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What’s the Diagnosis – Case 74

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What’s the Diagnosis – Case 74

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What’s the Diagnosis – Case 74

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What’s the Diagnosis – Case 74

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What’s the Diagnosis – Case 74

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What’s the Diagnosis – Case 74

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What’s the Diagnosis – Case 74

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What’s the Diagnosis – Case 74

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What’s the Diagnosis – Case 74

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What’s the Diagnosis – Case 74

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What’s the Diagnosis – Case 74

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Findings Abnormal architecture of the lateral meniscus with two triangular components (“double delta configuration”) of meniscus seen at the expected location of the anterior horn. No meniscal tissue at the expected location of the posterior horn and abnormal tissue situated within the intercondylar notch. Other abnormalities are present but will be discussed later.

What’s the Diagnosis – Case 74

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What’s the Diagnosis – Case 74

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What’s the Diagnosis – Case 74

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What’s the Diagnosis – Case 74

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What’s the Diagnosis – Case 74

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What’s the Diagnosis – Case 74

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What’s the Diagnosis – Case 74

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What’s the Diagnosis – Case 74

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What’s the Diagnosis – Case 74

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What’s the Diagnosis – Case 74

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What’s the Diagnosis – Case 74

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What’s the Diagnosis – Case 74

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Diagnosis: Bucket Handle tear lateral meniscus A bucket handle tear is a type of longitudinal tear of the meniscus that is typically seen in the younger, active patient population particularly sustained during twisting activities. Longitudinal here implies along the long axis of the meniscus with the meniscal tissue then displaced so that it resembles the handle of a bucket. Knowing the architecture of the meniscus is paramount as in this case. The anterior and posterior horns of the lateral meniscus are typically about the same size and hence all of the tissue anterior can not be a normal lateral meniscus. In addition, through the intercondylar notch there should only be two structures, the ACL and PCL. Any other structure present in the notch must be questioned for displaced tissue. During the cutting motion precipitating this injury, many other injuries occurred mostly related to a valgus stress and external rotation but additionally with a lower grade injury related to varus stress. These included a complete ACL tear with impaction fractures, peripheral tear posterior horn medial meniscus with associated impaction injury, proximal injury of the superficial MCL, and a partial disruption of the popliteofibular ligament with the remainder of the posterolateral corner structures being intact.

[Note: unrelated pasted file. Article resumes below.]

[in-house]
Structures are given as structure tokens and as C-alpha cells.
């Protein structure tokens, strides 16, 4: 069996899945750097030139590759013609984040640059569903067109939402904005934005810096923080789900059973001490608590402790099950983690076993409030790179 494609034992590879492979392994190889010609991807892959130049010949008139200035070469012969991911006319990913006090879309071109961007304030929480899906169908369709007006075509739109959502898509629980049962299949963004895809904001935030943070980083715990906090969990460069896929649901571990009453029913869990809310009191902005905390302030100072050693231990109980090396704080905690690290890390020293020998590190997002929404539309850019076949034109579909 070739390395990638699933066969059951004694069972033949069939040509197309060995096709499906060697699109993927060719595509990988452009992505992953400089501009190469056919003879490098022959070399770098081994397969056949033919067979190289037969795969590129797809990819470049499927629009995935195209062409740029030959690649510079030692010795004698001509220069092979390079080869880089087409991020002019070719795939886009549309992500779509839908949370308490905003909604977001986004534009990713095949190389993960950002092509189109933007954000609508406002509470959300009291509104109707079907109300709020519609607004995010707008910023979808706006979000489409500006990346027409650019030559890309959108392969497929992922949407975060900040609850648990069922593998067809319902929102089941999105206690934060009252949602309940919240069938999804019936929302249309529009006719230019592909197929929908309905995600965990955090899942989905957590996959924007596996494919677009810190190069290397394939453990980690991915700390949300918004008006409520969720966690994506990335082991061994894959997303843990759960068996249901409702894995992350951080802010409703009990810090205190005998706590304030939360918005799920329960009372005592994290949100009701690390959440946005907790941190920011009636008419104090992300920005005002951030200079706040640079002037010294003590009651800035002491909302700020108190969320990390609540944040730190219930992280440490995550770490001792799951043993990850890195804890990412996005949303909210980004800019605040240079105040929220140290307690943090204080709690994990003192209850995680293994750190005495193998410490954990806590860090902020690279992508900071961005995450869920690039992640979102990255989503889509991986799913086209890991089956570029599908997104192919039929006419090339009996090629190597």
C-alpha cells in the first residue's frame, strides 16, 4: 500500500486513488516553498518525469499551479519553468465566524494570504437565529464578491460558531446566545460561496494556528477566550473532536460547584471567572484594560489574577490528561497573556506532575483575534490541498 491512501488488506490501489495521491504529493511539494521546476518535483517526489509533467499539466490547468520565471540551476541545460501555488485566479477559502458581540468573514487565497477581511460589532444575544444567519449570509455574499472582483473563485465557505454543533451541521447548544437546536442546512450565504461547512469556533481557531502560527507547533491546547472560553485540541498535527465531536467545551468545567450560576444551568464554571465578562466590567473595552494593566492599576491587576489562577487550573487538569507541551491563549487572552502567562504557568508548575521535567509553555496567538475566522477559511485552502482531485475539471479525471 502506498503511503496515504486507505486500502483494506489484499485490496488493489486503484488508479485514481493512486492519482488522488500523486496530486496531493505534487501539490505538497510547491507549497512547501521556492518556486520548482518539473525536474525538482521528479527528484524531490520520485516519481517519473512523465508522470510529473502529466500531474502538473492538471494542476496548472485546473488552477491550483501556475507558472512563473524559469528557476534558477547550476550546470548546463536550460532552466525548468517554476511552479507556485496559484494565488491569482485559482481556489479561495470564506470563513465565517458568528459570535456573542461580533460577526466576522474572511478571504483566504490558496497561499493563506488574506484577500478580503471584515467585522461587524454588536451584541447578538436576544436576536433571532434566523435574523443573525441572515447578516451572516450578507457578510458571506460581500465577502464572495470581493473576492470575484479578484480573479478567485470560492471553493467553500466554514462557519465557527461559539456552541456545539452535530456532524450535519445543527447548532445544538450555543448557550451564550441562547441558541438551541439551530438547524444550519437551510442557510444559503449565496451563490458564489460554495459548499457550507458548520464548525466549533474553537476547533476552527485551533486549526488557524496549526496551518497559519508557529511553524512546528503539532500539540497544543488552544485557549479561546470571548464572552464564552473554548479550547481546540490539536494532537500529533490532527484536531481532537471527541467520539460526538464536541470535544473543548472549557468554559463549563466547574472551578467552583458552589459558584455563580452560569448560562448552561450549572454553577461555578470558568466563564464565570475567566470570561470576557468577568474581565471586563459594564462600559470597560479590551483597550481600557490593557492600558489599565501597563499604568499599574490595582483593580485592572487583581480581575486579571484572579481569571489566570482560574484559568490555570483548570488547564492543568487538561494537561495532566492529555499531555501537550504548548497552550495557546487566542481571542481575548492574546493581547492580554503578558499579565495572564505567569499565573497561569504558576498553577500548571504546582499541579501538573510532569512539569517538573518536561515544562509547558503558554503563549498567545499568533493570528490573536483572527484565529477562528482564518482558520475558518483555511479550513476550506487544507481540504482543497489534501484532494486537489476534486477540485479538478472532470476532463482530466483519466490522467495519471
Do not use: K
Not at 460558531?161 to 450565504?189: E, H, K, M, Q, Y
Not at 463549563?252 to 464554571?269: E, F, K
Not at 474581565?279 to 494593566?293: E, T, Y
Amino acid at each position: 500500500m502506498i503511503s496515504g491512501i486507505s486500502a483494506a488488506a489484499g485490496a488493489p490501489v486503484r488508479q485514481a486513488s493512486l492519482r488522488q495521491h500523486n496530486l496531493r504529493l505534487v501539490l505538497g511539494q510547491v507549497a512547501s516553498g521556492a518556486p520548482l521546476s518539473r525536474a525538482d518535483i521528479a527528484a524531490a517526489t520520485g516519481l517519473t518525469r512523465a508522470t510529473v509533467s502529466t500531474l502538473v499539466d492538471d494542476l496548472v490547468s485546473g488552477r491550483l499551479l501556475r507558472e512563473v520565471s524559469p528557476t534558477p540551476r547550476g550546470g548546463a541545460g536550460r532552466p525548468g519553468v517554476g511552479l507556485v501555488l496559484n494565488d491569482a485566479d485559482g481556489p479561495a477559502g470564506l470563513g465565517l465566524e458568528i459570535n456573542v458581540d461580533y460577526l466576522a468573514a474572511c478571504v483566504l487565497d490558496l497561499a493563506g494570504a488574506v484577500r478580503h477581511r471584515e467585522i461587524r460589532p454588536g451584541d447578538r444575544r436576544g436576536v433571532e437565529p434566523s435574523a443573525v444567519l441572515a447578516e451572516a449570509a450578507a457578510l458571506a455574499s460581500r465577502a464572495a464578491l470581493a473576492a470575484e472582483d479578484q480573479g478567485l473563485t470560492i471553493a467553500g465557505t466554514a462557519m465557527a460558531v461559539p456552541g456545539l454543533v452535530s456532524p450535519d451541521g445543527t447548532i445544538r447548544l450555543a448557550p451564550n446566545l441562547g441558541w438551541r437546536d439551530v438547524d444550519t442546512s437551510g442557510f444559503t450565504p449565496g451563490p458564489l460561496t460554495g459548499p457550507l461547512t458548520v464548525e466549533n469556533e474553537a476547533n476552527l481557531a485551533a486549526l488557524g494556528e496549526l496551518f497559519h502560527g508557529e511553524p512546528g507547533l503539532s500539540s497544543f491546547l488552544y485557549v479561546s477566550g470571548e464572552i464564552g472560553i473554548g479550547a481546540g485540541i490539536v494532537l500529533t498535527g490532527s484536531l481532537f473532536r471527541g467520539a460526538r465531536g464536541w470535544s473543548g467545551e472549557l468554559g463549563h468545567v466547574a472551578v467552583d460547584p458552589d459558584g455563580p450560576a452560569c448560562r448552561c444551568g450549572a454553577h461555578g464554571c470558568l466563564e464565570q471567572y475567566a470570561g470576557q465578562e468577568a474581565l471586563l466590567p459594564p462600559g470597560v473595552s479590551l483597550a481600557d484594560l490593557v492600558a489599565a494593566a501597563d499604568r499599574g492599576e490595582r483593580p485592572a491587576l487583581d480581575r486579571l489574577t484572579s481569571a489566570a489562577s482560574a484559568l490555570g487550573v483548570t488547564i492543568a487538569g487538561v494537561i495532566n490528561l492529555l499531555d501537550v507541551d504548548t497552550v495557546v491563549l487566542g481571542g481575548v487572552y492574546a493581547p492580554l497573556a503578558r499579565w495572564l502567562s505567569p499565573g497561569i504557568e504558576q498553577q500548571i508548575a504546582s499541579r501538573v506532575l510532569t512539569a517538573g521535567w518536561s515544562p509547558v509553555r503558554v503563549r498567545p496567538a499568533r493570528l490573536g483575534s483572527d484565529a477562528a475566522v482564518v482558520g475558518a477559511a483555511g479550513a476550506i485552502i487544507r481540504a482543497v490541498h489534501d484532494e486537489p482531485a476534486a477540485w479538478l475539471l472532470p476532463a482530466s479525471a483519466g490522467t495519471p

What’s the Diagnosis – Case 74

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What’s the Diagnosis – Case 74

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What’s the Diagnosis – Case 74

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What’s the Diagnosis – Case 74

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What’s the Diagnosis – Case 74

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What’s the Diagnosis – Case 74

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What’s the Diagnosis – Case 74

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What’s the Diagnosis – Case 74

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What’s the Diagnosis – Case 74

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HSS What's the Diagnosis Case 74